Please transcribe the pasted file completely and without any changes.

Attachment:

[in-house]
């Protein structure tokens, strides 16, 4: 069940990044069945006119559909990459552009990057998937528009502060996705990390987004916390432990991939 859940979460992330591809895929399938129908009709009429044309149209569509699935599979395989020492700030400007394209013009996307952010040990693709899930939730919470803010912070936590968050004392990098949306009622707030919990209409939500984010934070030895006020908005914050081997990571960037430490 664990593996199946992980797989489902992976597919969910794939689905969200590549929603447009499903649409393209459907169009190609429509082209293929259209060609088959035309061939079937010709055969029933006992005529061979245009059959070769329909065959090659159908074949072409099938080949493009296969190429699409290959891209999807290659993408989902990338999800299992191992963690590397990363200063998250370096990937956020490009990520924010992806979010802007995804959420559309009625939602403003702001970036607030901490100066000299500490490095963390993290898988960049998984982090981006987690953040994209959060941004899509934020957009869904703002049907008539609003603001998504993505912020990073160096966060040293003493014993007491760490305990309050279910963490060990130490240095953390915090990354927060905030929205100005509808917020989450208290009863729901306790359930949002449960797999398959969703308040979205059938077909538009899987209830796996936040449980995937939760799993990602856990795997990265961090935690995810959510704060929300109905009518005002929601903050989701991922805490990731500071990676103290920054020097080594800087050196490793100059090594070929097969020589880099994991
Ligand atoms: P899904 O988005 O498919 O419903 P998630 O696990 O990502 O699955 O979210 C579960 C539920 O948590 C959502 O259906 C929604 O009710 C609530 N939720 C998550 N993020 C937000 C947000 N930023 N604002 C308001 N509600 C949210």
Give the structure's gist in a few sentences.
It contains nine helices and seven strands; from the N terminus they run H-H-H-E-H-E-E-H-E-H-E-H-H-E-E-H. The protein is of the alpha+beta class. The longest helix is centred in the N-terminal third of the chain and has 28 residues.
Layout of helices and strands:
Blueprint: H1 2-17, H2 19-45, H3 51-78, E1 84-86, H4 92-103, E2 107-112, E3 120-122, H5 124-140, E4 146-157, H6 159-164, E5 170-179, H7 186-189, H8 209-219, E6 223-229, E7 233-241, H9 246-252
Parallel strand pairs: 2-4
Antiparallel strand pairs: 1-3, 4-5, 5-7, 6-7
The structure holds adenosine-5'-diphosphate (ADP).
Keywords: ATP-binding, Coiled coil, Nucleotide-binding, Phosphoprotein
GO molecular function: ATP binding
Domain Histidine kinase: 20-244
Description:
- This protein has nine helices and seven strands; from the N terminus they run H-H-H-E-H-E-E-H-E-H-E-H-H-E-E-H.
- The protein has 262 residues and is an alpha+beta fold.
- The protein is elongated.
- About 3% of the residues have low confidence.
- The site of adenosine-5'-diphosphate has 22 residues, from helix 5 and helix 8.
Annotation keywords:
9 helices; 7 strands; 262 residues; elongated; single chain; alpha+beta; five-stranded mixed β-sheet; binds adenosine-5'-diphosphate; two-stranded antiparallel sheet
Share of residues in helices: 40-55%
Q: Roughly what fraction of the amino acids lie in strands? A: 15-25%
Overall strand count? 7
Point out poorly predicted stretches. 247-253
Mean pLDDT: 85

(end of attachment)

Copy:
[in-house]
């Protein structure tokens, strides 16, 4: 069940990044069945006119559909990459552009990057998937528009502060996705990390987004916390432990991939 859940979460992330591809895929399938129908009709009429044309149209569509699935599979395989020492700030400007394209013009996307952010040990693709899930939730919470803010912070936590968050004392990098949306009622707030919990209409939500984010934070030895006020908005914050081997990571960037430490 664990593996199946992980797989489902992976597919969910794939689905969200590549929603447009499903649409393209459907169009190609429509082209293929259209060609088959035309061939079937010709055969029933006992005529061979245009059959070769329909065959090659159908074949072409099938080949493009296969190429699409290959891209999807290659993408989902990338999800299992191992963690590397990363200063998250370096990937956020490009990520924010992806979010802007995804959420559309009625939602403003702001970036607030901490100066000299500490490095963390993290898988960049998984982090981006987690953040994209959060941004899509934020957009869904703002049907008539609003603001998504993505912020990073160096966060040293003493014993007491760490305990309050279910963490060990130490240095953390915090990354927060905030929205100005509808917020989450208290009863729901306790359930949002449960797999398959969703308040979205059938077909538009899987209830796996936040449980995937939760799993990602856990795997990265961090935690995810959510704060929300109905009518005002929601903050989701991922805490990731500071990676103290920054020097080594800087050196490793100059090594070929097969020589880099994991
Ligand atoms: P899904 O988005 O498919 O419903 P998630 O696990 O990502 O699955 O979210 C579960 C539920 O948590 C959502 O259906 C929604 O009710 C609530 N939720 C998550 N993020 C937000 C947000 N930023 N604002 C308001 N509600 C949210």
Give the structure's gist in a few sentences.
It contains nine helices and seven strands; from the N terminus they run H-H-H-E-H-E-E-H-E-H-E-H-H-E-E-H. The protein is of the alpha+beta class. The longest helix is centred in the N-terminal third of the chain and has 28 residues.
Layout of helices and strands:
Blueprint: H1 2-17, H2 19-45, H3 51-78, E1 84-86, H4 92-103, E2 107-112, E3 120-122, H5 124-140, E4 146-157, H6 159-164, E5 170-179, H7 186-189, H8 209-219, E6 223-229, E7 233-241, H9 246-252
Parallel strand pairs: 2-4
Antiparallel strand pairs: 1-3, 4-5, 5-7, 6-7
The structure holds adenosine-5'-diphosphate (ADP).
Keywords: ATP-binding, Coiled coil, Nucleotide-binding, Phosphoprotein
GO molecular function: ATP binding
Domain Histidine kinase: 20-244
Description:
- This protein has nine helices and seven strands; from the N terminus they run H-H-H-E-H-E-E-H-E-H-E-H-H-E-E-H.
- The protein has 262 residues and is an alpha+beta fold.
- The protein is elongated.
- About 3% of the residues have low confidence.
- The site of adenosine-5'-diphosphate has 22 residues, from helix 5 and helix 8.
Annotation keywords:
9 helices; 7 strands; 262 residues; elongated; single chain; alpha+beta; five-stranded mixed β-sheet; binds adenosine-5'-diphosphate; two-stranded antiparallel sheet
Share of residues in helices: 40-55%
Q: Roughly what fraction of the amino acids lie in strands? A: 15-25%
Overall strand count? 7
Point out poorly predicted stretches. 247-253
Mean pLDDT: 85